Indeed, the remarkable shift in power from the military and president to parliament has actually created problems for reform, since the current parliament is full of both former military officers (many of whose seats are guaranteed by the Constitution), and their civilian allies in the military-linked Union Solidarity and Development Party (USDP). They are aligned with the crony capitalists who got rich working with the military government over the past decade, and they are now, among other things, holding up a new foreign investment law that the country desperately needs in order to kick-start economic growth once sanctions are lifted. Many of the current economic elite fear foreign competition and have been using economic nationalist arguments to limit future foreign ownership.
“While I have a relatively jaundiced view of economists these days, it struck me that what Myanmar really needed now was not more democracy activists but some competent economists like the Berkeley mafia that advised Indonesia,” says Fukuyama, a board member of the National Endowment for Democracy.
Foreign investors and western governments have lobbied for a new foreign investment law that, perversely, “could contribute to failure of Myanmar’s transition to democratic rule: inflexibility on the part of the parliament and the government that stalls essential reforms,” notes the Brookings Institution’s Lex Rieffel.
“An alternative approach that could yield better outcomes would focus on the many impediments in the business climate that discourage both domestic and foreign investment, such as a woefully inadequate banking system, the region’s worst information and telecommunications services, and a tragically suppressed education system,” he argues.
While some observers believe the reform process is irreversible, but there remain concerns on “whether the “flickers of progress” described by U.S. President Obama will develop into a steady flame,” writes analyst Moe Thuzar:
“Reviewing developments in 2011, the picture that emerges shows the beginning of a convergence of interests, the first in decades, between the military-backed government, the polity in Myanmar, the forces for democracy symbolized by Aung San Suu Kyi, and the international community.”
Thein Sein’s recent cabinet reshuffle, including the appointment of former Navy officer Nyan Tun as vice president, demonstrates the armed forces’ support for the beleaguered president and their commitment to the reform agenda, writes Burma specialist Larry Jagan:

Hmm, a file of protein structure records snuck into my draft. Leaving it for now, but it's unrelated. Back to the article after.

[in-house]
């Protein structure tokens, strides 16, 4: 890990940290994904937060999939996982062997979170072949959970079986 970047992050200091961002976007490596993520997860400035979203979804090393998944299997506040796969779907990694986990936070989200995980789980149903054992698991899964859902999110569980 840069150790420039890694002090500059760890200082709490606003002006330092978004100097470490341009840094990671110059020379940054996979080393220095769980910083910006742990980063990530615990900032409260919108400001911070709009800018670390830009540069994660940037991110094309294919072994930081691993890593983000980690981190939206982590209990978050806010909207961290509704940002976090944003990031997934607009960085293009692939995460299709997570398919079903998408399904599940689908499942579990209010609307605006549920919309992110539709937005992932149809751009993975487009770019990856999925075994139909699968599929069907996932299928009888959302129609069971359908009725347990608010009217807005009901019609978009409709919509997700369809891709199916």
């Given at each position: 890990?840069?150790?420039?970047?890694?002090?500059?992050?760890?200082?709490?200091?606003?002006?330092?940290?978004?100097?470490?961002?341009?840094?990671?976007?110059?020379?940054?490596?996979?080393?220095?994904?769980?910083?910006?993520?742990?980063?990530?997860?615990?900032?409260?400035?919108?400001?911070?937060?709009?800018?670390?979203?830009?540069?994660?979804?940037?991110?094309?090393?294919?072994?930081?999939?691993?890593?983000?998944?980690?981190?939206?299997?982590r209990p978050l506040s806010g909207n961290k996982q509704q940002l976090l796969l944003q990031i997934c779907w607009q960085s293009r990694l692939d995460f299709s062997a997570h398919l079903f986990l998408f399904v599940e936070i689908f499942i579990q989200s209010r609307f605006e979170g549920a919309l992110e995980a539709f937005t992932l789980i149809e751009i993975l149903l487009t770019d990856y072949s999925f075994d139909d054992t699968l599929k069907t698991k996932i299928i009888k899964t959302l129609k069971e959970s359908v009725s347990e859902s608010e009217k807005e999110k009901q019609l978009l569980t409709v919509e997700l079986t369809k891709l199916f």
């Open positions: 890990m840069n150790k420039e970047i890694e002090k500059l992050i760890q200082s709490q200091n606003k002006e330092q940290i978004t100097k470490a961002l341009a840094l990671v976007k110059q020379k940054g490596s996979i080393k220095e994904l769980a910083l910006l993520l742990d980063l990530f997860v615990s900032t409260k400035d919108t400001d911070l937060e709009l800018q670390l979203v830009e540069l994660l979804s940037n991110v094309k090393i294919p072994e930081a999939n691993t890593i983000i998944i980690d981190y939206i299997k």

His only hope now is that the greater emphasis on government efficiency will provide concrete results and clear the logjam in the reform process. “The battle between the hardliners and reformers has been exaggerated,” a presidential advisor told me recently, on condition of anonymity. “The fault line is between competence and incompetence; between effectiveness and ineffectiveness,” he added. The government must deliver on its promises, another insider said, and time is running out.
“Many people have begun to wonder when they’re finally going to see the long-awaited ‘democracy dividend,’” Jagan writes in Foreign Policy.
But the country’s military is still a wild card, analyst Bruce Gale believes:
President Thein Sein’s commitment to reform seems genuine. But his experience as an army bureaucrat rather than a combat soldier limits his influence among serving generals. He also has a heart ailment and uses a pacemaker. He may not be in control for long. Will reform continue if he is no longer around? Some observers believe that key military figures have little interest in real reform. The generals are supportive for now, but only because such reform opens up the possibility of reducing Myanmar’s dependence on China.
Aung San Suu Kyi will be among those present to pay tribute to five leading activists from Burma who will accept the National Endowment for Democracy’s (NED) 2012 Democracy Award honoring the Democracy Movement of Burma. The activists have endured prison and torture, and in some cases exile, in their efforts to secure freedom and democracy for the people of Burma. The award presentation will take place in the U.S. Capitol on Sept. 20.